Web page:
Two trademark applications have recently caught my attention.  Both involve NFL players and their offhand comments that have become accidental catchphrases.  I highlight these two as a means of underscoring the recent trend among athletes to seek to register trademarks of all kinds.  Most of these marks, unfortunately, have limited commercial value and a short lifespan for relevance among the consuming public.  While I am a champion for protecting your trademark rights, these two particular applications strike me as nothing short of absurd.

Please allow me to explain…

The first application was filed almost a year ago, on February 18, 2015.  The applicant?  Seattle Seahawks running back Marshawn Lynch.  The origin of the trademark?  Super Bowl Media Day.  The media-averse Lynch did not want to answer questions from the media leading up the Super Bowl®, but the NFL threatened to fine him heavily if he skipped Media Day.  Having previously been fined $50,000 for refusing to answer questions during the regular season, and with the looming threat of a six-figure fine for similar behavior at Super Bowl XLIX, Marshawn appeared for Media Day and answered every single question with the same response:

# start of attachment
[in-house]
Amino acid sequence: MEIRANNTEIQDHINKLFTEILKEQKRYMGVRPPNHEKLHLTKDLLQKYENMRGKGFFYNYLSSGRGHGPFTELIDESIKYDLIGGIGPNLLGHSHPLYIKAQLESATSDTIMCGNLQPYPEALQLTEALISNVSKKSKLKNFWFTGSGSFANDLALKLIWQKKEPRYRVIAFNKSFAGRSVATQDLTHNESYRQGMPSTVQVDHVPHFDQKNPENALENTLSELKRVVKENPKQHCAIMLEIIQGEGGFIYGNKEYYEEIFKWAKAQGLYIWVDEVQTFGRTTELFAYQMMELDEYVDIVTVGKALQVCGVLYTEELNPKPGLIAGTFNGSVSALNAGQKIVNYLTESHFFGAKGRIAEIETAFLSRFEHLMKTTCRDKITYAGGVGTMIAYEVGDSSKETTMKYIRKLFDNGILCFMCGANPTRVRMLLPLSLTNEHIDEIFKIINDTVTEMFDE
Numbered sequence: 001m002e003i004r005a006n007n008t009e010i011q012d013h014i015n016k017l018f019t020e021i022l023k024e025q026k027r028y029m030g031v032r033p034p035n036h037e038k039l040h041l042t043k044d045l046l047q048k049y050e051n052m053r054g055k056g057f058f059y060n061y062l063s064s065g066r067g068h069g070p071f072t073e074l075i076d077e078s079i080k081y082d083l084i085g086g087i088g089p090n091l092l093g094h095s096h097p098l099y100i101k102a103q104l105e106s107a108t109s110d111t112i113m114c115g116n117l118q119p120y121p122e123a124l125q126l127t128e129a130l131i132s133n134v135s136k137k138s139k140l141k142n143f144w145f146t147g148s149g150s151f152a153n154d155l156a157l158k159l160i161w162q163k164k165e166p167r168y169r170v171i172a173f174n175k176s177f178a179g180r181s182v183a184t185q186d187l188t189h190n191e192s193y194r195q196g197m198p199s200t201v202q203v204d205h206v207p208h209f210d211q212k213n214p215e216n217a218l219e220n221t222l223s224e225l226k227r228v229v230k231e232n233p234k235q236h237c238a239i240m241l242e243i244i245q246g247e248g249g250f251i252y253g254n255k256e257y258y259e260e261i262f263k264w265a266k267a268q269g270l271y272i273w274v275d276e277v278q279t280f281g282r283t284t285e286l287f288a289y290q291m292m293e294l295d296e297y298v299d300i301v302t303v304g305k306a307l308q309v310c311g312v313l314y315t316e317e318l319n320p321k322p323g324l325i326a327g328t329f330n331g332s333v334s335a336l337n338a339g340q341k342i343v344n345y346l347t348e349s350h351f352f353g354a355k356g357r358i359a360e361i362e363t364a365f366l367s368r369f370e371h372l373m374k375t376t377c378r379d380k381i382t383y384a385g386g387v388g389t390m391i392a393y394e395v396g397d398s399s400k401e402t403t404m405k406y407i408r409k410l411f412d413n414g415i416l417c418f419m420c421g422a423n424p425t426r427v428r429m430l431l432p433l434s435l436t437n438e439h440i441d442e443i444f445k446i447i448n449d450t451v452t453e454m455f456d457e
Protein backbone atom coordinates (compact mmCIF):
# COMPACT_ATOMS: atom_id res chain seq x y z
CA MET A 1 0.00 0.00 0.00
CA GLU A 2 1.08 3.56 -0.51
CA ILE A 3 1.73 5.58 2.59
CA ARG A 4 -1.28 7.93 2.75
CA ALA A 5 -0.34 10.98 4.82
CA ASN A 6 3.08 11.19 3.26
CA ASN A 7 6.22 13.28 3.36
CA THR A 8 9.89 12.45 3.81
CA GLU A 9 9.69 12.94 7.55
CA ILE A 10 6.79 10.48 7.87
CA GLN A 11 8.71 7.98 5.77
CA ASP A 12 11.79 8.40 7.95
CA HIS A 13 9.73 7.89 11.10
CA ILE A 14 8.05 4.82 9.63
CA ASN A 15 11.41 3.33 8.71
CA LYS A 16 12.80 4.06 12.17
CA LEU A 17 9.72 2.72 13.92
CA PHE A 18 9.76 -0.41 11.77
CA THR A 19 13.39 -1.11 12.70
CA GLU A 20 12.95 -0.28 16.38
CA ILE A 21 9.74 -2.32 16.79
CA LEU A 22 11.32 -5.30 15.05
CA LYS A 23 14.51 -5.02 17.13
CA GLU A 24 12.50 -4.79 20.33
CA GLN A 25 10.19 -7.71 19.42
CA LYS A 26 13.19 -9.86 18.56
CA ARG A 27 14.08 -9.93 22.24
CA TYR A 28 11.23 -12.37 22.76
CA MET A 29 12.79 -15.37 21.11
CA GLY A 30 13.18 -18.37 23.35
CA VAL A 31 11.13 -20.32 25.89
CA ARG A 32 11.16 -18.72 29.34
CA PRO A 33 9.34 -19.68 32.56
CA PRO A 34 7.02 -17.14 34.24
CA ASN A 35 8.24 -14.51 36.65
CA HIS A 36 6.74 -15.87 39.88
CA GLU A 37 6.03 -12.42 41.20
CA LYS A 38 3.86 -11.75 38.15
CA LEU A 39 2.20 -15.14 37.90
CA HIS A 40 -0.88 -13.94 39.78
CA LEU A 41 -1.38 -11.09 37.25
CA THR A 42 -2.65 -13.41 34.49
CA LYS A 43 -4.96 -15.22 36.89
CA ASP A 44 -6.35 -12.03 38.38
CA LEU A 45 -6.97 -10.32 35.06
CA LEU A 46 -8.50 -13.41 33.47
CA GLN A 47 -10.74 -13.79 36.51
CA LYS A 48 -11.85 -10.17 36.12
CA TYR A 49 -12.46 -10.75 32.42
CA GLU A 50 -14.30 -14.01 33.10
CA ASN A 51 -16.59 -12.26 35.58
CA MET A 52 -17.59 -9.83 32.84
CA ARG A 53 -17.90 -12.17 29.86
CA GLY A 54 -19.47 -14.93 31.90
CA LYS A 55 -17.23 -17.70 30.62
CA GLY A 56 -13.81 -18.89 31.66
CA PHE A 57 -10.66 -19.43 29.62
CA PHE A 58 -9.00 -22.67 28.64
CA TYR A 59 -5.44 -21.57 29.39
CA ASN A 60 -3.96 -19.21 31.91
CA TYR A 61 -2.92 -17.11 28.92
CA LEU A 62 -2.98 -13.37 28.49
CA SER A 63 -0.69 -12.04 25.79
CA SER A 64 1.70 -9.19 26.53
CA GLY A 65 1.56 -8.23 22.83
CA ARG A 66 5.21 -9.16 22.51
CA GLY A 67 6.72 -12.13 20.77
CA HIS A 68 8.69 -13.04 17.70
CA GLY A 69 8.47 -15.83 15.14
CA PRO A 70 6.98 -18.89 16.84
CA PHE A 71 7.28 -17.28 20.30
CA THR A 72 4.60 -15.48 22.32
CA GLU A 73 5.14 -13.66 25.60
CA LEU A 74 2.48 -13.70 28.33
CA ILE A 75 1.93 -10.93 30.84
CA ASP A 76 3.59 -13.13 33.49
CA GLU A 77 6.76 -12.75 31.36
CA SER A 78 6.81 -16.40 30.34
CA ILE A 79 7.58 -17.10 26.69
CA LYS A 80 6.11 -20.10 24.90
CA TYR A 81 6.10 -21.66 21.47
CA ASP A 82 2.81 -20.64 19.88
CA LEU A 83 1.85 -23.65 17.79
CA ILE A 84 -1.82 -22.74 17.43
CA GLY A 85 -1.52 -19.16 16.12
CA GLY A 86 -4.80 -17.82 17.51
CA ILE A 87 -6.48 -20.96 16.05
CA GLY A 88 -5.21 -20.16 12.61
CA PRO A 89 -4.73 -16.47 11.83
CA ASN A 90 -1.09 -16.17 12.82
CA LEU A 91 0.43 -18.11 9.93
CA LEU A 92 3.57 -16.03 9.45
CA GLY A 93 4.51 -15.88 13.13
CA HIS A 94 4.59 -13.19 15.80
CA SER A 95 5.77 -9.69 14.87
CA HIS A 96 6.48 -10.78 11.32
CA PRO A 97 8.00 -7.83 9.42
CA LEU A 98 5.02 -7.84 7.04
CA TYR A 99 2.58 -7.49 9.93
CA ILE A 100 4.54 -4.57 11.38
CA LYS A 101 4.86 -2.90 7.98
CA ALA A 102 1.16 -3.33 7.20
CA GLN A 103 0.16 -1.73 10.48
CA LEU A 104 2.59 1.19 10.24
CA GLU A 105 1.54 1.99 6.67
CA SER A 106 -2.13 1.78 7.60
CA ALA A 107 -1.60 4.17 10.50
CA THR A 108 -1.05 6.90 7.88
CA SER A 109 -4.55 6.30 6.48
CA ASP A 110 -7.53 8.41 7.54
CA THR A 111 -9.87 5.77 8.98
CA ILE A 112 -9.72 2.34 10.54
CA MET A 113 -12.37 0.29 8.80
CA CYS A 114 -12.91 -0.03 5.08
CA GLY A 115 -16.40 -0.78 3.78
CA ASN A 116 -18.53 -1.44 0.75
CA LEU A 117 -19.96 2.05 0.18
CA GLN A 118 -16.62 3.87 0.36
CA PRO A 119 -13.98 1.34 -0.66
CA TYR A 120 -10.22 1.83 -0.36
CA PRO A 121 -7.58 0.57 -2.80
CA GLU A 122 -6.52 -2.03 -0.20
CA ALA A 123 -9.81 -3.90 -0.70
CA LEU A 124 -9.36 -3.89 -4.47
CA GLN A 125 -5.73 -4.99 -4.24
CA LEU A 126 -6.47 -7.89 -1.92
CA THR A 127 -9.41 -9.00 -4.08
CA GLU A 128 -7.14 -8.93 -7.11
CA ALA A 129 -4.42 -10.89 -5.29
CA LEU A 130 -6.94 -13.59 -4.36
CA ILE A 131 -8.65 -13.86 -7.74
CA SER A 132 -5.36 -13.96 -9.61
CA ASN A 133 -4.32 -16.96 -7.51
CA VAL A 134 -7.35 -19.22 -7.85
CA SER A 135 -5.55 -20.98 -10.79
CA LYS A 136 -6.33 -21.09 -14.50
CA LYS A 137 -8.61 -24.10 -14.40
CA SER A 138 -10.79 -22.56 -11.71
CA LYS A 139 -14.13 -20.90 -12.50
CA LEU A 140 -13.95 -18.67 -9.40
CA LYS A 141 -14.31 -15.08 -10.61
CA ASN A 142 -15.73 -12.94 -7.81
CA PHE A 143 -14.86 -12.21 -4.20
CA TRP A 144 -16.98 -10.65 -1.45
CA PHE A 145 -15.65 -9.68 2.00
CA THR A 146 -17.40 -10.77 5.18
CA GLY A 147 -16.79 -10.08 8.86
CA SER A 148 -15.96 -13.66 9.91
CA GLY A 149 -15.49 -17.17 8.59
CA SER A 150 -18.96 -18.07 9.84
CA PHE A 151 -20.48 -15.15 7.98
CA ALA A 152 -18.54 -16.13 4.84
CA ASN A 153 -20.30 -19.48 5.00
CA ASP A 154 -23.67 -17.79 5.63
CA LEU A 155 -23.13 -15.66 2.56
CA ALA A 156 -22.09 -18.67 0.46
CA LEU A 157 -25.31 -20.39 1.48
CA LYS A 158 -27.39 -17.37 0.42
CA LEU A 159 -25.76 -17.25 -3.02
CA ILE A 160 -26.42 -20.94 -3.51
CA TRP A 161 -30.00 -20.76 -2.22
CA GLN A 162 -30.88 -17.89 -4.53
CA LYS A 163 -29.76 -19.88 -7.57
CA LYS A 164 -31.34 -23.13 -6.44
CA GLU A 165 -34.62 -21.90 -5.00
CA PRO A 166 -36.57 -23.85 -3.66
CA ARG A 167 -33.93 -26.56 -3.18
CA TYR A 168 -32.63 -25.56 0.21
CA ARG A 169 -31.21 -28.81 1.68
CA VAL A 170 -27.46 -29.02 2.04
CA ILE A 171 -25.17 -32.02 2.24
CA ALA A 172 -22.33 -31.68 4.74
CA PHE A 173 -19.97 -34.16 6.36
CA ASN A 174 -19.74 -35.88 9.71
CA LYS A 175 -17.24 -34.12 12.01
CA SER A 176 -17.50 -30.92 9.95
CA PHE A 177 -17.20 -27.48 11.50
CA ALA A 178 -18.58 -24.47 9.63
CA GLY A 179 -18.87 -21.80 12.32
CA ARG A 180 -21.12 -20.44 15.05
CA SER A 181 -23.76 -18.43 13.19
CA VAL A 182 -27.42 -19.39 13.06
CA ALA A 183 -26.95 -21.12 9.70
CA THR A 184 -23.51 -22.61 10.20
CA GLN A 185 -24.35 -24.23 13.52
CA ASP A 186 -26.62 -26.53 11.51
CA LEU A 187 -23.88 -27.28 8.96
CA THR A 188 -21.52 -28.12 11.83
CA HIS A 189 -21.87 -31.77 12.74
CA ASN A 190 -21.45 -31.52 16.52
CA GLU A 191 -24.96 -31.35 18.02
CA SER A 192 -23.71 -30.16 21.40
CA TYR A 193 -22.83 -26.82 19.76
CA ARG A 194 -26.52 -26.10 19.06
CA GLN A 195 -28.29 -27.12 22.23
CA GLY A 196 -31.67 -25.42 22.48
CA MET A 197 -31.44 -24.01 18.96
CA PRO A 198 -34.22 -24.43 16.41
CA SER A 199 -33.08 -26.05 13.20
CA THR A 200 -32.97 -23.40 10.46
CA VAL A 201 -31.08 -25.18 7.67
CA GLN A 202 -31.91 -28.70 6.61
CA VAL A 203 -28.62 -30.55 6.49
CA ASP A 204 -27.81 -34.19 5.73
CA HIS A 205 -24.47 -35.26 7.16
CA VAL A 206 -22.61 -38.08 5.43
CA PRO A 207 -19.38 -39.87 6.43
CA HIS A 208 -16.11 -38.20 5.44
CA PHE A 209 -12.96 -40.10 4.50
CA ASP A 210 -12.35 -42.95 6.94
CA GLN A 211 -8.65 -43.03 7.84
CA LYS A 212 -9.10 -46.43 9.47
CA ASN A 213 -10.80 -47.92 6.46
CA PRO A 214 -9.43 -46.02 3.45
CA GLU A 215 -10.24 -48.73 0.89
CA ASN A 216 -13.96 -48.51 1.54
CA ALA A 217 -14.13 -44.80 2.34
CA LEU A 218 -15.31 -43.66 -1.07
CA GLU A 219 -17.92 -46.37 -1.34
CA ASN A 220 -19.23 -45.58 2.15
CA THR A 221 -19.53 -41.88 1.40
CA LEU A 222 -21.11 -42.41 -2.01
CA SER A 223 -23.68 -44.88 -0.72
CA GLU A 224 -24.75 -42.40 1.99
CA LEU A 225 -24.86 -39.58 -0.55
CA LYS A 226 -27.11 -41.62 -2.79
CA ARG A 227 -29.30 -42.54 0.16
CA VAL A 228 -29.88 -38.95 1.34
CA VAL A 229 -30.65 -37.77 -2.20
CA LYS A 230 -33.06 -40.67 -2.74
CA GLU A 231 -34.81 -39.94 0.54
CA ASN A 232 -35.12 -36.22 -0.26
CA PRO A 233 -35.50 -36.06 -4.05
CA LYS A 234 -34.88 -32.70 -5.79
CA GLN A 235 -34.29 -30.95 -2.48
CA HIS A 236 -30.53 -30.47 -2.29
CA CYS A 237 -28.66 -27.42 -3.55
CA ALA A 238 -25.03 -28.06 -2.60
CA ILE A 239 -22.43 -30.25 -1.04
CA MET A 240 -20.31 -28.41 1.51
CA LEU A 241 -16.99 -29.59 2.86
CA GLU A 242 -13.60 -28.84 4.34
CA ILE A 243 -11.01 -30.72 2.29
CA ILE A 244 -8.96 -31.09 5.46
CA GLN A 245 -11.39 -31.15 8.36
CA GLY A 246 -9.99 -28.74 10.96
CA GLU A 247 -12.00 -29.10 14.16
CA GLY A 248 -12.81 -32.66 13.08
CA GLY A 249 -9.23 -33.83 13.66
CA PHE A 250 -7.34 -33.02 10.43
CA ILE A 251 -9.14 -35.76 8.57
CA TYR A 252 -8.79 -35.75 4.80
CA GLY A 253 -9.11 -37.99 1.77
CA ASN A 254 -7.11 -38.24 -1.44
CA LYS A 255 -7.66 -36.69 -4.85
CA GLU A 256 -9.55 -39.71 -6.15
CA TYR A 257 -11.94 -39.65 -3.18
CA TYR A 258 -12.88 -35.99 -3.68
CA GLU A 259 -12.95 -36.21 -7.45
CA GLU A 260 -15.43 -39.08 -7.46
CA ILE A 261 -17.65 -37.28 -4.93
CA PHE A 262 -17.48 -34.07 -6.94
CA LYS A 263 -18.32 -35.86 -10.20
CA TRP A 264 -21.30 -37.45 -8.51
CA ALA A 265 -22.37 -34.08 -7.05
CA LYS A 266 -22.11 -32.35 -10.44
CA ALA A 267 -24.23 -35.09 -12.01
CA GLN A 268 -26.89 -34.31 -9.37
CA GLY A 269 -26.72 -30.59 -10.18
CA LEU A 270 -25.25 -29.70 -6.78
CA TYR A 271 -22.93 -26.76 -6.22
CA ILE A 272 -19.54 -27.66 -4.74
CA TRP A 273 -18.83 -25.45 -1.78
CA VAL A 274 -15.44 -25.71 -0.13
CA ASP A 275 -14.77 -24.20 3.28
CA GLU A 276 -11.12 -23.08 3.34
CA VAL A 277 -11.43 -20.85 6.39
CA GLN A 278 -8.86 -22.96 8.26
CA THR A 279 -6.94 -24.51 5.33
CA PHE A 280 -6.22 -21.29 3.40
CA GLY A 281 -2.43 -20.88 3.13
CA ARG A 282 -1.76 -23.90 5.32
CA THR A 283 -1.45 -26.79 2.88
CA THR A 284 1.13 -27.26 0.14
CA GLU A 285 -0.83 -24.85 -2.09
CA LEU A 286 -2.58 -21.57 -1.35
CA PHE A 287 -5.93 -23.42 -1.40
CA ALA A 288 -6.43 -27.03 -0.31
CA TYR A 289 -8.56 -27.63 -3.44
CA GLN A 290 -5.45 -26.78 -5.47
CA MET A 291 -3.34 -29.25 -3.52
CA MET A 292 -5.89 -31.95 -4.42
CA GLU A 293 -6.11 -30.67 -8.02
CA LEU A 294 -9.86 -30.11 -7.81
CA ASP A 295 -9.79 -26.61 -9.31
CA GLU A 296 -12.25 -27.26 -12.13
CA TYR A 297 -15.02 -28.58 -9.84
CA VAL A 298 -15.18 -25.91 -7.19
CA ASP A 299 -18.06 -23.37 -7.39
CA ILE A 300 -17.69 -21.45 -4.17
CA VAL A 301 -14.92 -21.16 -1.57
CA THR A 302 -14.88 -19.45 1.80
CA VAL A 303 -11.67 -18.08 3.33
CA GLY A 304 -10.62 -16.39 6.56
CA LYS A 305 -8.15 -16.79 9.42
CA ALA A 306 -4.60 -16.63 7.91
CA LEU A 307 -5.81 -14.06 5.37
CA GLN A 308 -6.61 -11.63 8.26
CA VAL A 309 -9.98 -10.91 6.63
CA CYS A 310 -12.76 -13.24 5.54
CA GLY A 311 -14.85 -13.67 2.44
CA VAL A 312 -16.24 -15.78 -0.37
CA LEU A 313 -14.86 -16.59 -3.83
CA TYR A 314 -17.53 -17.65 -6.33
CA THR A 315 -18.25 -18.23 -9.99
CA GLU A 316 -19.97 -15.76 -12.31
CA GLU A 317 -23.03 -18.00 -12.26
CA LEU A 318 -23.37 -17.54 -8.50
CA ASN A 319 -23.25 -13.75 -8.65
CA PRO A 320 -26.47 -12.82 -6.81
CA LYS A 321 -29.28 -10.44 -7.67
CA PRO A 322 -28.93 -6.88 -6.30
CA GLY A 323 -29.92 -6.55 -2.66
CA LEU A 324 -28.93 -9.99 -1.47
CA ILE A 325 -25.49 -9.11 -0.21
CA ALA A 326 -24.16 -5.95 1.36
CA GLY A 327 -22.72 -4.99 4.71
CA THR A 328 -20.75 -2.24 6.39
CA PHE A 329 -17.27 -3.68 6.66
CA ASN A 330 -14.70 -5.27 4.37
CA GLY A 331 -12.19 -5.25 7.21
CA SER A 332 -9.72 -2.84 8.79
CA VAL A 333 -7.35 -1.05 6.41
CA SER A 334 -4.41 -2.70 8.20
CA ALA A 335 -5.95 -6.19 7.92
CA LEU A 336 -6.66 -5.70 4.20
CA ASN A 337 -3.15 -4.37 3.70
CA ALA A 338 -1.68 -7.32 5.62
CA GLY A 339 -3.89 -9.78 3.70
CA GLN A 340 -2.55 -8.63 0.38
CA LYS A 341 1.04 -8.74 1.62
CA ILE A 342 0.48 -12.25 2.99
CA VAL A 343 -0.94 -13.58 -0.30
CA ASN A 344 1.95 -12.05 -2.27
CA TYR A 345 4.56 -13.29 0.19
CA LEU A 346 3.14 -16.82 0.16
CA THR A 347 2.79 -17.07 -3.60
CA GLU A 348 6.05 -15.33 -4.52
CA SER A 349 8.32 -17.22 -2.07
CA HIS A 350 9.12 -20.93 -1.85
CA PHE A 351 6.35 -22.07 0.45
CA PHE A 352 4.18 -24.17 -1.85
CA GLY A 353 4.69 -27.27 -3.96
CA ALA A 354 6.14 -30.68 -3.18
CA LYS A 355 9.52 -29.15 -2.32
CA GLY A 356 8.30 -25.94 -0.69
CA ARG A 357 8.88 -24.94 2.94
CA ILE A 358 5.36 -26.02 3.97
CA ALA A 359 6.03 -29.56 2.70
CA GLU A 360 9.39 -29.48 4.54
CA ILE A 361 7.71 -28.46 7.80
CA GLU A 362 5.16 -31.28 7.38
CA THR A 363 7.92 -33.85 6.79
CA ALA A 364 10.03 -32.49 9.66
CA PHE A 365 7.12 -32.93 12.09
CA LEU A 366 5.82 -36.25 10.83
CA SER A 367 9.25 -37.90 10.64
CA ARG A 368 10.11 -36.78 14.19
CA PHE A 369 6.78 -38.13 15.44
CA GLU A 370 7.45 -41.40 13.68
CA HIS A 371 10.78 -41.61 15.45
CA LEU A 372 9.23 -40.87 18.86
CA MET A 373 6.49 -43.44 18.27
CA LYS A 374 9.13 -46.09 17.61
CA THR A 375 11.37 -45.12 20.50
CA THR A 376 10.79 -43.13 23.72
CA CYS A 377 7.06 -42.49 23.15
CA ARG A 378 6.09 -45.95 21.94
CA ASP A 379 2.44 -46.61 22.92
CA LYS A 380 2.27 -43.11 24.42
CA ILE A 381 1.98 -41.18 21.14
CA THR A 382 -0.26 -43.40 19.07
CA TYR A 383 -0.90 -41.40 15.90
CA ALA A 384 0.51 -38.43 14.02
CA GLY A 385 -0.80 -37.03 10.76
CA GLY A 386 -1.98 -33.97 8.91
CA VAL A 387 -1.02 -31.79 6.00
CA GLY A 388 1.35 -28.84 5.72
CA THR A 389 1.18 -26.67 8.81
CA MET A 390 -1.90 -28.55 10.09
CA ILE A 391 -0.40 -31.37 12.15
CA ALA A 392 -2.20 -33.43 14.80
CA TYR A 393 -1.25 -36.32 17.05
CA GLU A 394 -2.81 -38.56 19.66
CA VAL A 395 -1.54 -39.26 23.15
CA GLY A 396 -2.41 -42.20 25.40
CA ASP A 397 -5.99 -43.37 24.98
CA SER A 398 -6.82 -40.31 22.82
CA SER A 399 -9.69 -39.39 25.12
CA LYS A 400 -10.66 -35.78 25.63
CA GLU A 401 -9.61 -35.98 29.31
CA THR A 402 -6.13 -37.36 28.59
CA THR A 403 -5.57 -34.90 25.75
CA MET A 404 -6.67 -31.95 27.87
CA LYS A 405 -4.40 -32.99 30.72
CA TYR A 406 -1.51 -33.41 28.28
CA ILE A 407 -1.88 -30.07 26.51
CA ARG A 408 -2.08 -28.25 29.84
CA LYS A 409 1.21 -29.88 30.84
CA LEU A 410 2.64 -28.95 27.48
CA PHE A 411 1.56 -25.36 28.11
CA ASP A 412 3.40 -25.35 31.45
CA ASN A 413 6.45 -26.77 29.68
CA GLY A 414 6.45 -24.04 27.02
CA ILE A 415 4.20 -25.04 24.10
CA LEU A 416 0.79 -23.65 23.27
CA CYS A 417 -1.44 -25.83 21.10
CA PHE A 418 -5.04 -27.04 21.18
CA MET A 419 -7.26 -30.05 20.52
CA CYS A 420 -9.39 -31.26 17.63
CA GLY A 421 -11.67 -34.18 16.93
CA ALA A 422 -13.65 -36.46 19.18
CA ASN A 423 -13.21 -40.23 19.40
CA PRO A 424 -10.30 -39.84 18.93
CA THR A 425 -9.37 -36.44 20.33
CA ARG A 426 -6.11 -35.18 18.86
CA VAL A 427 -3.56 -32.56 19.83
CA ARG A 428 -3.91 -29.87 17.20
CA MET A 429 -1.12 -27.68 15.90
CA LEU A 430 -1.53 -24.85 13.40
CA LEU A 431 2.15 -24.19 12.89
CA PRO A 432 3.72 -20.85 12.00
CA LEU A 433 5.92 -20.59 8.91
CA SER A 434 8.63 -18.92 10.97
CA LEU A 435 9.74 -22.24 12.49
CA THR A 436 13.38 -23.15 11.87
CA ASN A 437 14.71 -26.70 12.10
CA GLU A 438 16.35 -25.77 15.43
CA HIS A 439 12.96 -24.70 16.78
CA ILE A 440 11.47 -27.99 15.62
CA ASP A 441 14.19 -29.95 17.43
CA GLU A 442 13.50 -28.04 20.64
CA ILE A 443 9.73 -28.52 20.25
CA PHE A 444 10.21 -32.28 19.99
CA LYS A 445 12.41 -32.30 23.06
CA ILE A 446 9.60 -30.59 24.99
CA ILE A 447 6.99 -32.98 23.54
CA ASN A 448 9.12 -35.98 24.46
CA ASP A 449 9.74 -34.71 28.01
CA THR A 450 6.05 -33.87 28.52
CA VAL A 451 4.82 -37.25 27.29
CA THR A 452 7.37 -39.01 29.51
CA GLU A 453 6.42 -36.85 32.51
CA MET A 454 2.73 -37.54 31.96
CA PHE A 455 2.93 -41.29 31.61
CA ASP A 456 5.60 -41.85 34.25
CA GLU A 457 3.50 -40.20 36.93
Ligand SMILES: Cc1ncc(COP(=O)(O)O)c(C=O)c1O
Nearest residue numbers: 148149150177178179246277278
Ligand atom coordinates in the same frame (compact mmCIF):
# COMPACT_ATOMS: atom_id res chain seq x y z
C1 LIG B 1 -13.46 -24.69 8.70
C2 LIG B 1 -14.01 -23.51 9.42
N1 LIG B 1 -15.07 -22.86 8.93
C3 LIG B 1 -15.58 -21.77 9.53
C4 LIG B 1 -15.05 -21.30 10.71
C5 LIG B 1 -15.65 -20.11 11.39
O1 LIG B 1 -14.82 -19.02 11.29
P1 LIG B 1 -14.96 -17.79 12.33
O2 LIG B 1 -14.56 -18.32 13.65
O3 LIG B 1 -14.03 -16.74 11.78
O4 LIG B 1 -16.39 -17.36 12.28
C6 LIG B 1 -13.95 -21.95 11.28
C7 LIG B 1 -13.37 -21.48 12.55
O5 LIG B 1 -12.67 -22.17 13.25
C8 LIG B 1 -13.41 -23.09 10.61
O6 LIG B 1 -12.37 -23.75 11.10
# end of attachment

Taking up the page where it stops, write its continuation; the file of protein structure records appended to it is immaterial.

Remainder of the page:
Marshawn’s quip instantly attracted the attention of the Internet and the football blogosphere.  There are few things this demographic likes more than snarky answers from their favorite athletes.  Marshawn’s Media Day appearance instantly became meme-worthy.  Marshawn took it a step further though.  He filed an application to register this trademark less than three weeks later.[1]  Last week, on December 29, 2015, the USPTO granted Marshawn Lynch’s registration.[2]  Merry Christmas – you now have a federally registered trademark!  The goods and services for his mark are essentially for athletic gear and clothing: shirts, hats, hooded sweatshirts, jackets, etc.  Marshawn has also parlayed his purported media shy reputation into a few commercial opportunities, with his commercial for Sprite practically mocking his media stance, but not using this particular trademarked catchphrase.